# Video: Finding the Change in Kinetic Energy of a Uniformly Accelerating Particle

A particle of mass 150 g was projected at 13 m/s across a horizontal plane. It decelerated uniformly at 2 m/s². Find the change in its kinetic energy in the first 4 seconds of motion.

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### Video Transcript

A particle of mass 150 grams was projected at 13 metres per second across a horizontal plane. It decelerated uniformly at two metres per second squared. Find the change in its kinetic energy in the first four seconds of motion.

We’re told in this statement that the particle has a mass of 150 grams. We’ll call that mass 𝑚. We’re also told that it has an initial speed of 13 metres per second. We’ll call the 𝑣 sub 𝑖. The particle undergoes a deceleration of two metres per second squared. We’ll call that value 𝑎. We want to find the change in the kinetic energy of the particle over the first four seconds of motion. We can call this change ΔKE.

To begin our solution, let’s recall that the kinetic energy of an object is equal to one-half the mass of that object times its speed squared. Since the change in kinetic energy of our particle ΔKE is equal to its final kinetic energy minus its initial kinetic energy, the equation for kinetic energy tells us we can write this as one-half 𝑚𝑣𝑓 squared, where 𝑣𝑓 is the particle’s final speed, minus one-half 𝑚𝑣𝑖 squared or factoring out in 𝑚 over two one-half 𝑚 times 𝑣𝑓 squared minus 𝑣𝑖 squared.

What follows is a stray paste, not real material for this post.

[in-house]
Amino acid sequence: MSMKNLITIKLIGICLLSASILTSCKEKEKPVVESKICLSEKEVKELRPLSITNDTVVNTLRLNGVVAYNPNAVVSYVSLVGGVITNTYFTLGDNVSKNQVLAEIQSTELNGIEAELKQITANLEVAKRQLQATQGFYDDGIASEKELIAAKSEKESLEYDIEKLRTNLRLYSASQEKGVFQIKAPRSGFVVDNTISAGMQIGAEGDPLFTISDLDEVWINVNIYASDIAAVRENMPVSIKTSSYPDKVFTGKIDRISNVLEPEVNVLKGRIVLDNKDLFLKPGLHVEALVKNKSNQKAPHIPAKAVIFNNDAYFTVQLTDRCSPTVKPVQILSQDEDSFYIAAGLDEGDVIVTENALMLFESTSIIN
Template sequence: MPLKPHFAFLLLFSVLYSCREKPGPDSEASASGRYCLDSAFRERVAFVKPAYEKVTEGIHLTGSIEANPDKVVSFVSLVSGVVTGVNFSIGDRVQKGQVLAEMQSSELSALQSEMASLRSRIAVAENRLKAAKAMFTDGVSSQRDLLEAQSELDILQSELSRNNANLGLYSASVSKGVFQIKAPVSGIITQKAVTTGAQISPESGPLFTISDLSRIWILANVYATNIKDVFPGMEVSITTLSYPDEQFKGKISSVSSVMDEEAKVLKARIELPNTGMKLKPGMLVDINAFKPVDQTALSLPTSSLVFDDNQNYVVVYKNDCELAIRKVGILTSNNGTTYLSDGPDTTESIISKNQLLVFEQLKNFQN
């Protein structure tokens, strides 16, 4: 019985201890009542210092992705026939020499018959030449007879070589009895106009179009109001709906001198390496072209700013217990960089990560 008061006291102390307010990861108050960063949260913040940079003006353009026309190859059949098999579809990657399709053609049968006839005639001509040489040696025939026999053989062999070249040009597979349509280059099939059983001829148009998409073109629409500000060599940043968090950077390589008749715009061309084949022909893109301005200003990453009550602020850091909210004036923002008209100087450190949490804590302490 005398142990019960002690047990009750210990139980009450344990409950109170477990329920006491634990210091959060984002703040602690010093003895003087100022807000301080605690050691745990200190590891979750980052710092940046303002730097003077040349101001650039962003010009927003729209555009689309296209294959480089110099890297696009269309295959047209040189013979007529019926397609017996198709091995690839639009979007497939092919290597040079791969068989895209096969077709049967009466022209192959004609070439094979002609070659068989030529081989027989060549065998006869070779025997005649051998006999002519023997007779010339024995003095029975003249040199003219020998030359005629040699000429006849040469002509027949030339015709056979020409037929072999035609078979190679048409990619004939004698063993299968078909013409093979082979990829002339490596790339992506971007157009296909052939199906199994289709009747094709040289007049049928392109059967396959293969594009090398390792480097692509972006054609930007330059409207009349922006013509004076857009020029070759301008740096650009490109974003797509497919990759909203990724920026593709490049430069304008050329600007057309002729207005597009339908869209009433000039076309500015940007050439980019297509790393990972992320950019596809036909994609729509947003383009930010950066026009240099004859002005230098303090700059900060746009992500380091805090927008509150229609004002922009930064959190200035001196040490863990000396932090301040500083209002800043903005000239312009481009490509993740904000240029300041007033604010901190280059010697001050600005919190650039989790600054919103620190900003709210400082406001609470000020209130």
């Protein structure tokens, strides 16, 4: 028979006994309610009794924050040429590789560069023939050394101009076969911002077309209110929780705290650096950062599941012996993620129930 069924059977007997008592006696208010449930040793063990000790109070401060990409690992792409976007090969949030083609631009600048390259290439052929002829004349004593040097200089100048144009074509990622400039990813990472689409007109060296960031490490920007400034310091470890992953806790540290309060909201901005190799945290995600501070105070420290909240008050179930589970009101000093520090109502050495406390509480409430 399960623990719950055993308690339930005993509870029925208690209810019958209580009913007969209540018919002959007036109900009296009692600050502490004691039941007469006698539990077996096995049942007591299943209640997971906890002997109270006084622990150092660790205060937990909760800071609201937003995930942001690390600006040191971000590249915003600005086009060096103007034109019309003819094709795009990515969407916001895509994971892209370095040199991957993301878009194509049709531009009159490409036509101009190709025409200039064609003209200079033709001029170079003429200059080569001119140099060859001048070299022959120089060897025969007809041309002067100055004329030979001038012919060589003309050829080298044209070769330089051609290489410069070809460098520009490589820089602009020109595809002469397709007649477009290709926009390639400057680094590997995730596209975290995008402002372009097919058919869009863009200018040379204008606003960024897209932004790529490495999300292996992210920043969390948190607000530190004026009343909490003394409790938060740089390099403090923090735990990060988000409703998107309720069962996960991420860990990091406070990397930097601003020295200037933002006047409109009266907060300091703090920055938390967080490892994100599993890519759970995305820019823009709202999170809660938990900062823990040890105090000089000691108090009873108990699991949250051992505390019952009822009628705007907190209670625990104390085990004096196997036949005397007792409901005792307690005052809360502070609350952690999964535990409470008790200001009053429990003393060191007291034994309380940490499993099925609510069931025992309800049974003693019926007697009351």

We know the particle’s mass 𝑚 as well as its initial speed 𝑣 sub 𝑖. But we want to solve for 𝑣 sub 𝑓. To solve for 𝑣 sub 𝑓, we can use the fact that acceleration is equal to the change in speed over the change in time. In our case, we can write that 𝑎 is equal to 𝑣 sub 𝑖 minus 𝑣 sub 𝑓, the final speed of the particle, divided by the time over which the particle decelerates, which is given in the problem statement as four seconds.

Rearranging this equation to solve for 𝑣 sub 𝑓, we see that 𝑣 sub 𝑓 is equal to 𝑣 sub 𝑖 minus 𝑎 times 𝑡 or plugging in for 𝑣 sub 𝑖, 𝑎, and 𝑡, we calculate 𝑣 sub 𝑓 to be five metres per second. That’s the speed of the particle after four seconds have passed.

We can now return to our ΔKE equation and we’re now prepared to plug in for each of the variables in this expression. When we do, being careful to write our mass in units of kilograms to be consistent with the units in the rest of our expression, we enter these values on our calculator and find that ΔKE is equal to negative 10.8 joules. That’s the change in kinetic energy this particle experiences.